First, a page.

Thursday, Newsweek announced 2013 will mark the end of an era for this 80-year-old print publication. The declaration was made by Tina Brown, editor-in-chief (of Newsweek Daily Beast Co.) and CEO Baba Shetty. Yes, they’ll continue to provide a digital edition, but it won’t be the same.
This came as sad news for me on many fronts.
- It’s not so much that another magazine has all but virtually folded, but more a sorrow that what used to be a solid source for relatively unbiased reporting adopted the conviction sensationalism sells (apparently not to their established audience).
- Nor does this offers proof for the prognosticators doomsday knell sounding for decades on all things print. New print publications are cropping up daily that feature celebrity gossip, right-wing or left-wing alarmist drivel and the latest on what passes as news from fiction writers. What’s discouraging is the number of publications ditching what they do well to join the yellow journalism bandwagon.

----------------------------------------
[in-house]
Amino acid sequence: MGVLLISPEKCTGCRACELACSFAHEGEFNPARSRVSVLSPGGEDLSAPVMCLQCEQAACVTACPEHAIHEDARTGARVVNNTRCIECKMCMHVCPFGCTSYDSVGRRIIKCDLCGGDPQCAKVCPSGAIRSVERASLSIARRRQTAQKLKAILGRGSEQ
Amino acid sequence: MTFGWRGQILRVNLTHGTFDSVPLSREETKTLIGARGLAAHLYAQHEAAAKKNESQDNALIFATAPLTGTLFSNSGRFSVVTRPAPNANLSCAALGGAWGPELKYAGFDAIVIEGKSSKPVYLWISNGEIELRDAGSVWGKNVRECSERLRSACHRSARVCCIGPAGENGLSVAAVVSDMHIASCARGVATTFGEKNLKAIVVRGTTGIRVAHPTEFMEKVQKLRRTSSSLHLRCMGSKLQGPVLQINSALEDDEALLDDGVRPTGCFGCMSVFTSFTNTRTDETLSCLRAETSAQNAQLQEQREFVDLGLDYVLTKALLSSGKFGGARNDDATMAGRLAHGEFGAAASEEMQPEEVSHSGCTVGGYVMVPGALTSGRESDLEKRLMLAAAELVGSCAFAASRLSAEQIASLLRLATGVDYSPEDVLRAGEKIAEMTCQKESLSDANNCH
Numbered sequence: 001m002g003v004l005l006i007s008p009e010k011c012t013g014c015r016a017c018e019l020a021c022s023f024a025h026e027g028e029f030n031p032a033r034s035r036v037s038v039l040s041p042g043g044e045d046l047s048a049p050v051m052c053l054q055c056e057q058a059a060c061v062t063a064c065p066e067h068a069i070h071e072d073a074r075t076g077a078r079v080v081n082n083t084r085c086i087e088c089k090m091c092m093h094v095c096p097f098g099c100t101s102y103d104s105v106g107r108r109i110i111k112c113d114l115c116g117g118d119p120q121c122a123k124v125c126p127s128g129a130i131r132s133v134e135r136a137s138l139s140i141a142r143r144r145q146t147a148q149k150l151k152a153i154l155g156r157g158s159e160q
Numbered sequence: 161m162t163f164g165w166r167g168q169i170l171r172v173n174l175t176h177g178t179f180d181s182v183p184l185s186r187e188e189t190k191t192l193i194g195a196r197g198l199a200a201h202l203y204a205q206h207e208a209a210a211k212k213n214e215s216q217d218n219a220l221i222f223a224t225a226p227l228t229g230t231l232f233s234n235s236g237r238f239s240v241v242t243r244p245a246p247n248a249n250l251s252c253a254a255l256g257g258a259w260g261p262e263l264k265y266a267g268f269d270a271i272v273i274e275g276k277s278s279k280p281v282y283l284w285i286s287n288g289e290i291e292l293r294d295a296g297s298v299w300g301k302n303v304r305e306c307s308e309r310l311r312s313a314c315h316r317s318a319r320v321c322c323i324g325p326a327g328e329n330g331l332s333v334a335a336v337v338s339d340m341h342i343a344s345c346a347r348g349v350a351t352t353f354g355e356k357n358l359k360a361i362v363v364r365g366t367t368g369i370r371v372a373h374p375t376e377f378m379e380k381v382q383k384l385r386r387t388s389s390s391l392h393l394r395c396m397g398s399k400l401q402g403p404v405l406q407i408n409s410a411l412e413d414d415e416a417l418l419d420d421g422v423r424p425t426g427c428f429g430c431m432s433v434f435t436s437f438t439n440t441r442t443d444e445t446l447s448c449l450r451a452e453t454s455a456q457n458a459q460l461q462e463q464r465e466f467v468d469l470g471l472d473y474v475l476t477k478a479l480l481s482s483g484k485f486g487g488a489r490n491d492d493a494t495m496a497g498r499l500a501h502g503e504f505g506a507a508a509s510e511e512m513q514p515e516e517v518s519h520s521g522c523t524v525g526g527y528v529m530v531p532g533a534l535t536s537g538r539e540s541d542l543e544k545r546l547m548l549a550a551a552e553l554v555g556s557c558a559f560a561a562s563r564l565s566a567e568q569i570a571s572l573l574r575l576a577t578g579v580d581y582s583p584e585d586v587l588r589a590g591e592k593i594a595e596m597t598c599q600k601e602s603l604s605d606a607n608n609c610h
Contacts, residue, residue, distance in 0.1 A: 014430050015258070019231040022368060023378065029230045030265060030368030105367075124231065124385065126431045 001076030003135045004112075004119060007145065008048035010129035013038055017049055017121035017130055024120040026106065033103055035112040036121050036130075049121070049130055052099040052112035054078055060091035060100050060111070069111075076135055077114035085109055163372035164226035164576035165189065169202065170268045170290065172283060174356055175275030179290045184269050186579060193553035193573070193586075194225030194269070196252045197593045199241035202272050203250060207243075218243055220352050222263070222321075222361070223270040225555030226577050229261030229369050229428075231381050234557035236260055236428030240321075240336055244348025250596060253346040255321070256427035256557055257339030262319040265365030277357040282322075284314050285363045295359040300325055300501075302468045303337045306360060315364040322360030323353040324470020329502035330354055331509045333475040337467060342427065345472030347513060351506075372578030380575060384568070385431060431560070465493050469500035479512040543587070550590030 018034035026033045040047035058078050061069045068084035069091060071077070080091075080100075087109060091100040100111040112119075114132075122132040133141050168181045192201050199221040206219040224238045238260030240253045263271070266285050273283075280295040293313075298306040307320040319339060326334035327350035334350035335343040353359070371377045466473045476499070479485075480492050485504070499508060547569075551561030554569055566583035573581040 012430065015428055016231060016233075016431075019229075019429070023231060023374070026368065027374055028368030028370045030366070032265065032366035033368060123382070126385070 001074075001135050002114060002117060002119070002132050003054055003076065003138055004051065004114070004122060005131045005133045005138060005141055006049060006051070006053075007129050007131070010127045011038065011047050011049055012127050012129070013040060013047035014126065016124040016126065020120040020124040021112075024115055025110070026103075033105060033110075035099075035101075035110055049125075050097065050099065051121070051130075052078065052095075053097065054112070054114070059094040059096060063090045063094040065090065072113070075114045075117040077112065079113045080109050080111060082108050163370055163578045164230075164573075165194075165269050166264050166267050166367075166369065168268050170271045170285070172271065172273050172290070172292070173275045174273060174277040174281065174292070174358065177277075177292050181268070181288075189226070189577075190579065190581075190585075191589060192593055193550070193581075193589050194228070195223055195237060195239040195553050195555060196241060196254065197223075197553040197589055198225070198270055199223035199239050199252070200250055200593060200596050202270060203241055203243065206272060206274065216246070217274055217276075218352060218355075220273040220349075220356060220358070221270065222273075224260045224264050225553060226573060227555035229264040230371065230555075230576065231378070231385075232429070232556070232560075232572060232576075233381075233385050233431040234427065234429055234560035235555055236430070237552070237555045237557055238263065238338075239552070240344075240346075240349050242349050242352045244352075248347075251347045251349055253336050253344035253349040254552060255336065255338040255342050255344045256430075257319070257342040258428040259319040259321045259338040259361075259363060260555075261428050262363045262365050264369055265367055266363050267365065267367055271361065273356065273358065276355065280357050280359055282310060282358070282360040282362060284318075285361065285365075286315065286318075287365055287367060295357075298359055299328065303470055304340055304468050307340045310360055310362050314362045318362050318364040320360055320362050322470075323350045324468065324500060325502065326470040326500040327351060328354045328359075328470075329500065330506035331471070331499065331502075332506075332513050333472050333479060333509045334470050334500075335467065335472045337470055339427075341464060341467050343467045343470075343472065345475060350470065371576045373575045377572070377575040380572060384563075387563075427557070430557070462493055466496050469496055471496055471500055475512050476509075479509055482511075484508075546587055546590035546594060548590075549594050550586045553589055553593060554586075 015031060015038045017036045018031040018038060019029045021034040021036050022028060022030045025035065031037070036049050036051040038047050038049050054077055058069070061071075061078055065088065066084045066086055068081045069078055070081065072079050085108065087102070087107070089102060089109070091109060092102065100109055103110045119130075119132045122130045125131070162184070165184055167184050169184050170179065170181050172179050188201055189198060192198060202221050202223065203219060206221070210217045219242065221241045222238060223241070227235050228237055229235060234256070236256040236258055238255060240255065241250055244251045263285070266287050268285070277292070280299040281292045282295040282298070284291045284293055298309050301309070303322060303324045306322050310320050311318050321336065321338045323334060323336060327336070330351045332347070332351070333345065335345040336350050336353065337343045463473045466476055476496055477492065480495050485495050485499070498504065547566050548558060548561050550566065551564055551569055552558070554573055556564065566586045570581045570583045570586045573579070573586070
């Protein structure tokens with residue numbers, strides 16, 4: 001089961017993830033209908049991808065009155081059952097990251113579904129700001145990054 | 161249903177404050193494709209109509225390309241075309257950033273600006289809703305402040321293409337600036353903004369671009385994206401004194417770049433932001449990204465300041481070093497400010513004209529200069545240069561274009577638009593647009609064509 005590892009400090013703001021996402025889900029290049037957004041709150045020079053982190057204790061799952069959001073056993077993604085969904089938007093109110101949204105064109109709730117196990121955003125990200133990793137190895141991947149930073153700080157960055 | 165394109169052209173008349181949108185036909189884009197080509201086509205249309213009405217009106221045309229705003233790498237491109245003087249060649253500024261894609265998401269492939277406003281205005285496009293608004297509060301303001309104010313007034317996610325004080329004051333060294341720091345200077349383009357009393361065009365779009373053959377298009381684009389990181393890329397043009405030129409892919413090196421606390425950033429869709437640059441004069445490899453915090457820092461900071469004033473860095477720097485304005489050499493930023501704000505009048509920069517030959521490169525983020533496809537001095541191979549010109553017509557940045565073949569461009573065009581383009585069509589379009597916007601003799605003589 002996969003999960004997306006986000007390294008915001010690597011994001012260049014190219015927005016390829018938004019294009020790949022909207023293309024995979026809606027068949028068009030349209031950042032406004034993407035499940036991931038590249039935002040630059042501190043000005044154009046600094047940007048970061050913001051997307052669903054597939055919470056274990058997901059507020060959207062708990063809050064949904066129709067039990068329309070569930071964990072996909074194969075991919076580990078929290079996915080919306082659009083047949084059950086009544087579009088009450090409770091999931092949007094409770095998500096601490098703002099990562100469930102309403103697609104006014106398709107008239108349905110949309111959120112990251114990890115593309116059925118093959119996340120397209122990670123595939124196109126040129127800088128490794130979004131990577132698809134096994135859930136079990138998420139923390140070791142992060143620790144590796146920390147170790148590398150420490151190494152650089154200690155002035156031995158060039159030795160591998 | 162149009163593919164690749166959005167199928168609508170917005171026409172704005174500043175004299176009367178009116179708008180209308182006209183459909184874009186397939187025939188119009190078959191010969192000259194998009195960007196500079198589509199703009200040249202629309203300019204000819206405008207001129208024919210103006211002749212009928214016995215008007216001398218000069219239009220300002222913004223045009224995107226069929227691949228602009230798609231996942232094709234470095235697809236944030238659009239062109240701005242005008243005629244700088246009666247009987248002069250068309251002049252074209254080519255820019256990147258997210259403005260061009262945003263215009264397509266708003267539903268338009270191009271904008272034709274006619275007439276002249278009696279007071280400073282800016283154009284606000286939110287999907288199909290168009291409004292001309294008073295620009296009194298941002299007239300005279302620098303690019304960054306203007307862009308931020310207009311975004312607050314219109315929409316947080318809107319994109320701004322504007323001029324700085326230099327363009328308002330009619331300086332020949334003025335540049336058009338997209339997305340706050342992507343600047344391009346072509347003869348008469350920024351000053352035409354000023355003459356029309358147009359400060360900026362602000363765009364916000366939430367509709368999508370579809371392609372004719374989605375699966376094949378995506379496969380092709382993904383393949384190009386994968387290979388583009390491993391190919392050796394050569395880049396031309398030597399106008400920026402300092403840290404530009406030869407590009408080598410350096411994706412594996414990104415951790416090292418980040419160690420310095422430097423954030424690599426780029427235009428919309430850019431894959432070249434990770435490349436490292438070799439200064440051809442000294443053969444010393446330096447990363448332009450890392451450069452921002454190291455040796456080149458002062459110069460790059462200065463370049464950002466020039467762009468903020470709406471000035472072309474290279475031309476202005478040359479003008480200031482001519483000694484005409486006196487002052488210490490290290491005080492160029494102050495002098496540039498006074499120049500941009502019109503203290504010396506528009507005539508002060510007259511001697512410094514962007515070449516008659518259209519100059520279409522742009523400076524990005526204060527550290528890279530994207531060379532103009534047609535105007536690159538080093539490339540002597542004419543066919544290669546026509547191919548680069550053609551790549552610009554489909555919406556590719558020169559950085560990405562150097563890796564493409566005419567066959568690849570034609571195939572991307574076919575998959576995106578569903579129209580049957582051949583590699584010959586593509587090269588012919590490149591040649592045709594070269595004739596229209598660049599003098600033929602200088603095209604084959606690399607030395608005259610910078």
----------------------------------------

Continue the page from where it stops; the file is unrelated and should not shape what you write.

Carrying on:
- The situation begs the question, do today’s readers really prefer to invest in material that propagates rumor, instills divisiveness and presents fantasy as news? I hope not.
- Perhaps the most disappointing feature of all this is how little media attention was devoted to this news.
Is online reporting really the answer?
Yes, studies are showing a majority of people now get their news from the internet. Unfortunately, even the established biggies have been guilty of casting integrity and fact-checking aside in deference to being quick to report. News spreads fast once a story hits the wire services – or web, for that matter – with few bothering to verify accuracy before they broadcast.
The increasing tendency for citizens to seek their educational fodder in sound bites doesn’t bode well for an enlightened future population. Sometimes you need to read more than a paragraph to be informed.
‘Give the people what they want’ may be a good marketing strategy, but when it comes to being a responsible journalist, doing so without verifying the facts is just plain irresponsible. It seems those who would cringe (and know they can get sued) for stories printed without verification cast this notion aside online.
Digital is quick, but it’s not always best. If you’re focused on being first (which seems to be the aim of so much cloud reporting), it’s hard to justify the time to ensure you’re right.